Cicely Tyson, 93, Makes History as First Black Woman to Receive an Honorary Oscar

Cicely Tyson is finally getting a well-deserved Oscar. She is a legend. The 93-year-old, who was nominated for a statuette once before in 1973 for her performance in Sounder, has been announced as one of the recipients of this year’s Honorary Awards. She’ll be recognized alongside publicist Marvin Levy and composer Lalo Schifrin, a six-time nominee for films like Cool Hand Luke and The Amityville Horror. In addition, producing power duo Kathleen Kennedy (who also runs Lucasfilm) and Frank Marshall will be given the Irving G. Thalberg Memorial Award. The Governors Awards will take place on November 18.

“Choosing the honorees for its awards each year is the happiest of all the Board of Governors’ work,” Academy President John Bailey said in a statement. “And this year, its selection of five iconic artists was made with universal acclaim by the Academy’s 54 spirited governors.”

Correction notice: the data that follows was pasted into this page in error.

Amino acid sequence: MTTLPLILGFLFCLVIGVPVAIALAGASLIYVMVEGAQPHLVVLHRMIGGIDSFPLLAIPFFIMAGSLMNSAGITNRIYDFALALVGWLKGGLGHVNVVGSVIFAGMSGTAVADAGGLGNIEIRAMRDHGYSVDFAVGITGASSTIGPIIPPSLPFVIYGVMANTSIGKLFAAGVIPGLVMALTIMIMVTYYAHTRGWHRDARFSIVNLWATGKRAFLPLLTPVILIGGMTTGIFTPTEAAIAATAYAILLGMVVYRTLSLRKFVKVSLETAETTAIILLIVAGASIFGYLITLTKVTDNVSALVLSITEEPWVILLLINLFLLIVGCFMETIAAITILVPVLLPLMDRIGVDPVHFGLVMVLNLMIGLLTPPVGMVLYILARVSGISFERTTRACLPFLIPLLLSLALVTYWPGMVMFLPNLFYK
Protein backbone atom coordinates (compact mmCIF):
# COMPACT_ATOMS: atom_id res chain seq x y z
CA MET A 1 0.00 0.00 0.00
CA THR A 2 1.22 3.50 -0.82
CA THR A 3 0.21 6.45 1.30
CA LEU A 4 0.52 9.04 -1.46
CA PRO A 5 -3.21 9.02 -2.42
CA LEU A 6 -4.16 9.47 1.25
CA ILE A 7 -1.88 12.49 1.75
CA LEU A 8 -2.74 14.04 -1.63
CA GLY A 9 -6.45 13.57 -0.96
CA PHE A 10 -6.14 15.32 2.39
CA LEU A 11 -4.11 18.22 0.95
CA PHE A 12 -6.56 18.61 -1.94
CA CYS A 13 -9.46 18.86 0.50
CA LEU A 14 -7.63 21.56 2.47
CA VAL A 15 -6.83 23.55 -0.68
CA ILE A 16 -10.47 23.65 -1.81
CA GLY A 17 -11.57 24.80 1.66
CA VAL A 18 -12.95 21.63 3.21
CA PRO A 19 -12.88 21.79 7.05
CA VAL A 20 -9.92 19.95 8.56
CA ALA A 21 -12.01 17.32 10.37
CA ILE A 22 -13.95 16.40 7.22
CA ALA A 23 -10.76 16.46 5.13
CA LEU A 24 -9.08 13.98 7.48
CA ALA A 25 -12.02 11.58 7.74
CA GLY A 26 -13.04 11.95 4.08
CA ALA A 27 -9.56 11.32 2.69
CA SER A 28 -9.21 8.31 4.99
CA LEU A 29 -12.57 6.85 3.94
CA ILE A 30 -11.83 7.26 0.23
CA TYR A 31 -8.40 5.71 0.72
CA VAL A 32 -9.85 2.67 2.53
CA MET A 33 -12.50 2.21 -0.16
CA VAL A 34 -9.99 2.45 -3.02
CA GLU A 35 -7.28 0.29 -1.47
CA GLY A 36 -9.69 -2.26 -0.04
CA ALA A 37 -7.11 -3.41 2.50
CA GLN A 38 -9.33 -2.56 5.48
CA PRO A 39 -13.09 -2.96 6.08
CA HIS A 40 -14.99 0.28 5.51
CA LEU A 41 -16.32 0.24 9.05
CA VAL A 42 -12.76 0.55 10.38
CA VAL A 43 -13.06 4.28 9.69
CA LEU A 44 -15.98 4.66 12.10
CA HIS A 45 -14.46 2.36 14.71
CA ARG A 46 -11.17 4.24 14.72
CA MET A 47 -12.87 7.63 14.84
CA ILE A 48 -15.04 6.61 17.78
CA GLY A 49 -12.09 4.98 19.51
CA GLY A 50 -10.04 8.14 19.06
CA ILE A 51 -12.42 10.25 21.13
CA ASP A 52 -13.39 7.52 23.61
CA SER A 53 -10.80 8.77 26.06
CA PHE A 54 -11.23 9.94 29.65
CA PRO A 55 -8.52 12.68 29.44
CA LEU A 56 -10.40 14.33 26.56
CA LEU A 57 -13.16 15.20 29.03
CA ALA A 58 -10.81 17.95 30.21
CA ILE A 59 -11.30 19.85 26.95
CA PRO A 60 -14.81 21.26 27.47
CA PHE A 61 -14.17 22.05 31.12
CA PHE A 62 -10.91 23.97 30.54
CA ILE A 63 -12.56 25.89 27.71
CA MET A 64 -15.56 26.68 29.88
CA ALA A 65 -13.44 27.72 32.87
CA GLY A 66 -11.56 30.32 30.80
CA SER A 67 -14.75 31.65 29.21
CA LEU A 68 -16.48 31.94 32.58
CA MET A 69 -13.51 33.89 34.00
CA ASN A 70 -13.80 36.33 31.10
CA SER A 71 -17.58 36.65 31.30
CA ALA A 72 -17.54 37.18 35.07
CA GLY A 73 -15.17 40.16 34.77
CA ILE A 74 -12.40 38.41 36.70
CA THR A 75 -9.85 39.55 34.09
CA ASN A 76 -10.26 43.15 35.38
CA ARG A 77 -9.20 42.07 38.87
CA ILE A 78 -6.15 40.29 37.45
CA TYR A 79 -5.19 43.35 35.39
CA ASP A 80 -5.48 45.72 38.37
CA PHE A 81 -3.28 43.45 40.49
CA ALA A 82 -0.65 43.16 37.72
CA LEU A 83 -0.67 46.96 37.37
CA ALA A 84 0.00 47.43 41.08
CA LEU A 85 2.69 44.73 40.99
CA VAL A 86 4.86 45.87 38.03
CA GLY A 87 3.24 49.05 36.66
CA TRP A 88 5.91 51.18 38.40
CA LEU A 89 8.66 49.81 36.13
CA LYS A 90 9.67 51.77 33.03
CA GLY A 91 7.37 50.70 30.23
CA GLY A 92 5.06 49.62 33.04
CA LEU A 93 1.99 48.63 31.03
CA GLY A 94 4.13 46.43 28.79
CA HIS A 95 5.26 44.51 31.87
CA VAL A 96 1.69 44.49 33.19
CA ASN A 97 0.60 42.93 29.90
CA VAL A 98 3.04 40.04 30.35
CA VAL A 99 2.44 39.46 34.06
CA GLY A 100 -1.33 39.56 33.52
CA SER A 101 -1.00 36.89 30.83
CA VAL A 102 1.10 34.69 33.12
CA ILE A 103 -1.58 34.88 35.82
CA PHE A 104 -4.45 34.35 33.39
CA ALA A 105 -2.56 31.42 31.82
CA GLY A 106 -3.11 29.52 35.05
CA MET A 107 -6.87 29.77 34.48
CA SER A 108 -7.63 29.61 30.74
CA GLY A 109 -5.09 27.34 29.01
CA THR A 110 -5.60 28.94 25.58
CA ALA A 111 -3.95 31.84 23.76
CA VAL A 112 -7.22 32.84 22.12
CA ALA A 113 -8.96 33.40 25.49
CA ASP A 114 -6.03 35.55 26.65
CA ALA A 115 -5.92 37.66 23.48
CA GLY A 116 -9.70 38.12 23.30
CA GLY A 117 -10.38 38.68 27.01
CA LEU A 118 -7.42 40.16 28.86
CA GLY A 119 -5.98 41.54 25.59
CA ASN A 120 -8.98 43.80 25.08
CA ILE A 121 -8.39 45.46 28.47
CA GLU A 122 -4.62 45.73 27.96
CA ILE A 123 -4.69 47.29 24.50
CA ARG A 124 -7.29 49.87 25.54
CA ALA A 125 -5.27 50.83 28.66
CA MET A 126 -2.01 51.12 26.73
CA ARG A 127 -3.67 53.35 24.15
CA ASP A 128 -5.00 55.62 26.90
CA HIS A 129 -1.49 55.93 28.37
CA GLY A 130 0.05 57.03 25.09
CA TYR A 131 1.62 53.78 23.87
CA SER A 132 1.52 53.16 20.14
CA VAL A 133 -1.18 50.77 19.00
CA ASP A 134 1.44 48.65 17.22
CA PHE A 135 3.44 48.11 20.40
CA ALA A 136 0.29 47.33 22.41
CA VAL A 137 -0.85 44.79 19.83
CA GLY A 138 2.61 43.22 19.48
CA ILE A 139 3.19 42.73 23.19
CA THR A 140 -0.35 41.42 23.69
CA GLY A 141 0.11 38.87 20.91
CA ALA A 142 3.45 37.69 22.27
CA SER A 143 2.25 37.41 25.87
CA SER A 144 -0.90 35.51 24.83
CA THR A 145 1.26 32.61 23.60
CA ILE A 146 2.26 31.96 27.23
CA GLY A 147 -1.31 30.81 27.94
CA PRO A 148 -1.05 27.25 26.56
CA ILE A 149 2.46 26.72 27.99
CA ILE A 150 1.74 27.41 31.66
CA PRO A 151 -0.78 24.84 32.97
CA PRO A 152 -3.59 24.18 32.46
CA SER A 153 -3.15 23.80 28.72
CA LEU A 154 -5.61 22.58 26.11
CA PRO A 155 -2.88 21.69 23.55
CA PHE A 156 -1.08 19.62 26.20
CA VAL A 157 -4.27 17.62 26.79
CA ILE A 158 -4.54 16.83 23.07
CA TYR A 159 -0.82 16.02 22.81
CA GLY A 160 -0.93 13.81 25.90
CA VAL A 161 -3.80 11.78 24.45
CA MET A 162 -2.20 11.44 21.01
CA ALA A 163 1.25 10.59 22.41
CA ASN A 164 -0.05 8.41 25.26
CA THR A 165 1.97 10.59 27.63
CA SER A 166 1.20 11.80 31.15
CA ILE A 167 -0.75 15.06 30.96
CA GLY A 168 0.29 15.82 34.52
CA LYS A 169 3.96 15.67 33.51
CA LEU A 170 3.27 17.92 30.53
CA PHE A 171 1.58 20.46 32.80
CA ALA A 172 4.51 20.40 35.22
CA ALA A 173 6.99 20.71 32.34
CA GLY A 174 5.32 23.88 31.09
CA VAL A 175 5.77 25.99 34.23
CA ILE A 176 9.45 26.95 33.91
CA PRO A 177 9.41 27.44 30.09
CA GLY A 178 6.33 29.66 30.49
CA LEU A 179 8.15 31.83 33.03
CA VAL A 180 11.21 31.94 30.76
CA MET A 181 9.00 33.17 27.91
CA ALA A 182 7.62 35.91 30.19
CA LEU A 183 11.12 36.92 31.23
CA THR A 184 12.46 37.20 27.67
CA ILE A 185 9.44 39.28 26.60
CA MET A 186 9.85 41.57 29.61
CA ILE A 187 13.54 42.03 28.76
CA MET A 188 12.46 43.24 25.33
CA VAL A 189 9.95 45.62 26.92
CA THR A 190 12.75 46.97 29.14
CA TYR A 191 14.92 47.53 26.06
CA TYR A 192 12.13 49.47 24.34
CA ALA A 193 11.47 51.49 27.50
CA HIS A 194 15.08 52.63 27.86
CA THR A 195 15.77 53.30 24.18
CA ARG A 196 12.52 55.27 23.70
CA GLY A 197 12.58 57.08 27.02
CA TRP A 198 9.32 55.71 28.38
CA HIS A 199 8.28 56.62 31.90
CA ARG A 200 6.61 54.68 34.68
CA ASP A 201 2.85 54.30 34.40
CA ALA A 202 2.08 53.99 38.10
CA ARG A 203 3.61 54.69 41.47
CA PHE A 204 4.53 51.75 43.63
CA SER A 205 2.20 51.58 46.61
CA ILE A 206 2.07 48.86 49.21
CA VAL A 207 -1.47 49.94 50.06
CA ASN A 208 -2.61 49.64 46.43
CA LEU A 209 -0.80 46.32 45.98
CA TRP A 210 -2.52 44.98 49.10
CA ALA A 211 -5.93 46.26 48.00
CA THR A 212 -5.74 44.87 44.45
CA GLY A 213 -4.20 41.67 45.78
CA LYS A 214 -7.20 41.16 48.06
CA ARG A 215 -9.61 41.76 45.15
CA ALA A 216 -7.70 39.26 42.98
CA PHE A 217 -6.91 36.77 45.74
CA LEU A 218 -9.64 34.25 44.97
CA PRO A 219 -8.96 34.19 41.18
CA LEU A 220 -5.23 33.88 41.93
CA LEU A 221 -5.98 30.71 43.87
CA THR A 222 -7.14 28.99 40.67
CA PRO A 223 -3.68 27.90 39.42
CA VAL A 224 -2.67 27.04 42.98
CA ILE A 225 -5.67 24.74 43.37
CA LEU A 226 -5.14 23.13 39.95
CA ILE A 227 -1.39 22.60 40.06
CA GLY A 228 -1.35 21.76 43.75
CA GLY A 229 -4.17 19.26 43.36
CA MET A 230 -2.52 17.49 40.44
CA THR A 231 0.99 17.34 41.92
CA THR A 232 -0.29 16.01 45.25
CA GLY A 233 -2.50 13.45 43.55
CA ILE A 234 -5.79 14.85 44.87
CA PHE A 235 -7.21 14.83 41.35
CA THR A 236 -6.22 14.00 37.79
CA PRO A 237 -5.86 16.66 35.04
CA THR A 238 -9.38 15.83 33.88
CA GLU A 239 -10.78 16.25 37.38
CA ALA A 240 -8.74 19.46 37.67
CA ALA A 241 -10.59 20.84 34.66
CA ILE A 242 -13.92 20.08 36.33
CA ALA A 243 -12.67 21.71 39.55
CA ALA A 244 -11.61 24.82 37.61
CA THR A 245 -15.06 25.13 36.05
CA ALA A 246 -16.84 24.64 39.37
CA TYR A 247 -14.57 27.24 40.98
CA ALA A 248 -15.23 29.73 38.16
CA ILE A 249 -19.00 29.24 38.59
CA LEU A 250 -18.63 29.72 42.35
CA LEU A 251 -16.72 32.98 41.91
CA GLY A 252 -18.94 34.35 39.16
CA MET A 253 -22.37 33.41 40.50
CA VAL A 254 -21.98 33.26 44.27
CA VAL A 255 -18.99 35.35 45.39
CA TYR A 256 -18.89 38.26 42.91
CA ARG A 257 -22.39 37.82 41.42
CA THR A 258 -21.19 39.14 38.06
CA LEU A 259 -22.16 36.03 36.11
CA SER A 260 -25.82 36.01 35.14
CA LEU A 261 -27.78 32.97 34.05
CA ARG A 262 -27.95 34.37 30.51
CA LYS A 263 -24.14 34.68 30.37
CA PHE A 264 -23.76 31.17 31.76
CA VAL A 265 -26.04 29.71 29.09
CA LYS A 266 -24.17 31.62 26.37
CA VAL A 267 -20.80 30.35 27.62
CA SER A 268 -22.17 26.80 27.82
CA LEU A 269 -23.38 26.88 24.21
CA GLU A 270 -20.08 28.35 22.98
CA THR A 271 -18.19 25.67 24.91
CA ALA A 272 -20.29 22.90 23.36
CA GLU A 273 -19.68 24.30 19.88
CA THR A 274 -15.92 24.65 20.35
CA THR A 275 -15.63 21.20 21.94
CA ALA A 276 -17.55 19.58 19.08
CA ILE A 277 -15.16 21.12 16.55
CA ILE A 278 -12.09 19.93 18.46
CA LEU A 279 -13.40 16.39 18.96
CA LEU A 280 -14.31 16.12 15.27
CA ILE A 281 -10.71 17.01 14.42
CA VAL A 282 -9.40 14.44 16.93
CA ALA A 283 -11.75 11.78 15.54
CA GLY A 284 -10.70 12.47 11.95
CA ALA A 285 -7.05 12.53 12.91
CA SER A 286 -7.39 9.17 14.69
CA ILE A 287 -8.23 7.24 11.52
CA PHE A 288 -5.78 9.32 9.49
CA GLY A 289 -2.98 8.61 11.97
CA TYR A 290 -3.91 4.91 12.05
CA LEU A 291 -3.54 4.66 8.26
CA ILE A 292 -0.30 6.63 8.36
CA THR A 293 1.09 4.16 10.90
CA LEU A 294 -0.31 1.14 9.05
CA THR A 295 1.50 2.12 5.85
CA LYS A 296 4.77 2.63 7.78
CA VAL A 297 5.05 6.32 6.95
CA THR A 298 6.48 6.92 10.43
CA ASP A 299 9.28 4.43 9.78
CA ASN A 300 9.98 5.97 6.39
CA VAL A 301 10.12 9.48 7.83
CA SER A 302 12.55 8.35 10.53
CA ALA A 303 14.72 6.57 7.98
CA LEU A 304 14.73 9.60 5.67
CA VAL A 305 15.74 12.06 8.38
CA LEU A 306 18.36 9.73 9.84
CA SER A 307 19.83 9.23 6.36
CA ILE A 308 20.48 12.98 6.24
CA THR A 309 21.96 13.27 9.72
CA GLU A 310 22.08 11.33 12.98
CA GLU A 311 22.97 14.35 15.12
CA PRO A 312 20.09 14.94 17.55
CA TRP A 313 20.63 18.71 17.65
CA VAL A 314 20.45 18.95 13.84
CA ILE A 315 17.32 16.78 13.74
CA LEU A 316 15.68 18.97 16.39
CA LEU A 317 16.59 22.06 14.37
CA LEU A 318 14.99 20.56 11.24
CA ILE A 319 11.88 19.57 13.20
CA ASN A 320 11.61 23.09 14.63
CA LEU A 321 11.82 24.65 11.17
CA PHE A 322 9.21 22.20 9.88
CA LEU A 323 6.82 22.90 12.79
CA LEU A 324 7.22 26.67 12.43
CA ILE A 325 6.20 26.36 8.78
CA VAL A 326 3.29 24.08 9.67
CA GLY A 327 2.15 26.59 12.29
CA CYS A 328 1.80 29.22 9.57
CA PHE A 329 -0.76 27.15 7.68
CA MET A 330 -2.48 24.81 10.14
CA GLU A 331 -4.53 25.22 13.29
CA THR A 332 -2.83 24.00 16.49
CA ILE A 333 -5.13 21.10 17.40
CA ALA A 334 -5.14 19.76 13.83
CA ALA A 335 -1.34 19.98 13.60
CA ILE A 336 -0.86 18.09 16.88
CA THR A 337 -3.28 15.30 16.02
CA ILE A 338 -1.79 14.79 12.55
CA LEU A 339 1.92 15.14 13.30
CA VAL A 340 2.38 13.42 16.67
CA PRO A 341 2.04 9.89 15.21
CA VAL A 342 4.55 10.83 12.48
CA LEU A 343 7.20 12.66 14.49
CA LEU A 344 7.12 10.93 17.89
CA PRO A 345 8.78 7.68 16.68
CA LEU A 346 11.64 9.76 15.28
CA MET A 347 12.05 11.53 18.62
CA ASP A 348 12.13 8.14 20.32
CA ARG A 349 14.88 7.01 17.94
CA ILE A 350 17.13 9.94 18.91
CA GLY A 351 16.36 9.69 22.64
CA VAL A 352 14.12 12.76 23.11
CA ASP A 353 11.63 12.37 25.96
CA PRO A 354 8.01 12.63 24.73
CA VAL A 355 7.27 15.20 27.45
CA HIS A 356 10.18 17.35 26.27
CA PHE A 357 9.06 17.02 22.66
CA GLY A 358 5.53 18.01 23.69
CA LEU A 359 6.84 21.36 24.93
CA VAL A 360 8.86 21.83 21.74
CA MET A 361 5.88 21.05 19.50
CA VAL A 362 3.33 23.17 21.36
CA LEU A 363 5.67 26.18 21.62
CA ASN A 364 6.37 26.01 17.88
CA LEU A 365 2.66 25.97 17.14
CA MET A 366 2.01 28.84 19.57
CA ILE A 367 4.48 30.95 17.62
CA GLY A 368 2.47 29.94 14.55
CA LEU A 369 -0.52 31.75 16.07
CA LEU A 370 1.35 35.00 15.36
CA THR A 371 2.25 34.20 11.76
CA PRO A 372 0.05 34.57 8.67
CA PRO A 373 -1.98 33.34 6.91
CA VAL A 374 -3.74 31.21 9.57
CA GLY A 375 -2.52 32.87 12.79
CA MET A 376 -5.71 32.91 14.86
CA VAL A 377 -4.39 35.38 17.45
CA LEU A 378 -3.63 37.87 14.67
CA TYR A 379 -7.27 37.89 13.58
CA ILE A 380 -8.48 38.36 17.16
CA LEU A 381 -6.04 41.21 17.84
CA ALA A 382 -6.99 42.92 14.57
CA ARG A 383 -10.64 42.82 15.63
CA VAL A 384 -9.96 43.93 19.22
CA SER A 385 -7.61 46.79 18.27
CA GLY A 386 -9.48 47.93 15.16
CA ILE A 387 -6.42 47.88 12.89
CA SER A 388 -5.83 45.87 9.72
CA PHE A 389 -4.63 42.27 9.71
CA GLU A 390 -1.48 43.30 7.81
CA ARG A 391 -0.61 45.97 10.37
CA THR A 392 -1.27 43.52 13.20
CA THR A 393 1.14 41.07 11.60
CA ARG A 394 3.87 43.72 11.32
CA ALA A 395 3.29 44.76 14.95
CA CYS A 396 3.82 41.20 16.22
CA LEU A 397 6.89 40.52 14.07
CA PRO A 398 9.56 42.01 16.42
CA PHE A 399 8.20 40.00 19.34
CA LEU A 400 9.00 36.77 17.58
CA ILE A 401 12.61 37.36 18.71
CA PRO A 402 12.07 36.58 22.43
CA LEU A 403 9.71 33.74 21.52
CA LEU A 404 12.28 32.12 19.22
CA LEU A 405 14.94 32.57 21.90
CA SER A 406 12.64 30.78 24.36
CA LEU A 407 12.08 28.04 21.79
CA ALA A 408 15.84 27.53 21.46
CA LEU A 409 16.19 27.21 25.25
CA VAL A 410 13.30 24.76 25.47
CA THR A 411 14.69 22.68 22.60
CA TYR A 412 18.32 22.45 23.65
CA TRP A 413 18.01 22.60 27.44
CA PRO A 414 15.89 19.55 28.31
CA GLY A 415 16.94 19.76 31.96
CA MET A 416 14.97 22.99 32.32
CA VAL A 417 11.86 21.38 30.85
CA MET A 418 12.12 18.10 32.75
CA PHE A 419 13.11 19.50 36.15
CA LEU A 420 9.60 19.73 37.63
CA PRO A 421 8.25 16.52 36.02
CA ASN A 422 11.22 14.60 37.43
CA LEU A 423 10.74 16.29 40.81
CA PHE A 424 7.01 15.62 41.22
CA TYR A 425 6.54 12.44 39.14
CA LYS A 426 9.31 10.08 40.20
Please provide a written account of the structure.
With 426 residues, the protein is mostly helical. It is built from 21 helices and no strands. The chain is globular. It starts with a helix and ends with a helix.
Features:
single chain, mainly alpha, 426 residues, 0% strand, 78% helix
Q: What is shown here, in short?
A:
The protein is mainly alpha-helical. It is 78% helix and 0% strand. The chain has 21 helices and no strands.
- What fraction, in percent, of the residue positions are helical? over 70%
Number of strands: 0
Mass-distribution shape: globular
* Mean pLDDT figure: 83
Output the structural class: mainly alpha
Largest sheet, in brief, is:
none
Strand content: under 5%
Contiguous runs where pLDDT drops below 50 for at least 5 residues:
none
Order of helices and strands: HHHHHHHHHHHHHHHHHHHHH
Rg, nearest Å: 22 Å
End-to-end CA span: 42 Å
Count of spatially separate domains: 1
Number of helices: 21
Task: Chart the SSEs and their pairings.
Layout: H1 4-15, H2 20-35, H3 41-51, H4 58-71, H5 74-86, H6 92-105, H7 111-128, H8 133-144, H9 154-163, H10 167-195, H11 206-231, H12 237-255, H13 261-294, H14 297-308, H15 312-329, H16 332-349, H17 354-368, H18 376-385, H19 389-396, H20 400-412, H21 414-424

Tyson began her career as a model and a theater actress with her first big screen role in 1968’s The Heart Is a Lonely Hunter, starring actor Alan Arkin. Four years later, in 1972, the star received an Academy Award nomination for her leading performance in Sounder.

The star, who has won a Tony, two Emmys, and even a Presidential Medal of Freedom, will make history at the Governors Awards as the first black woman to receive an Oscar in the honorary award category.

The actress has been making waves since her career kicked off in 1957, quickly breaking boundaries with turns in projects like Roots, Fried Green Tomatoes, and The Autobiography of Miss Jane Pittman — a TV movie. She will again make history at the Governors Awards, as she is the first black woman to receive an Oscar in the honorary award category.

SOURCE: Vanity Fair, PEOPLE

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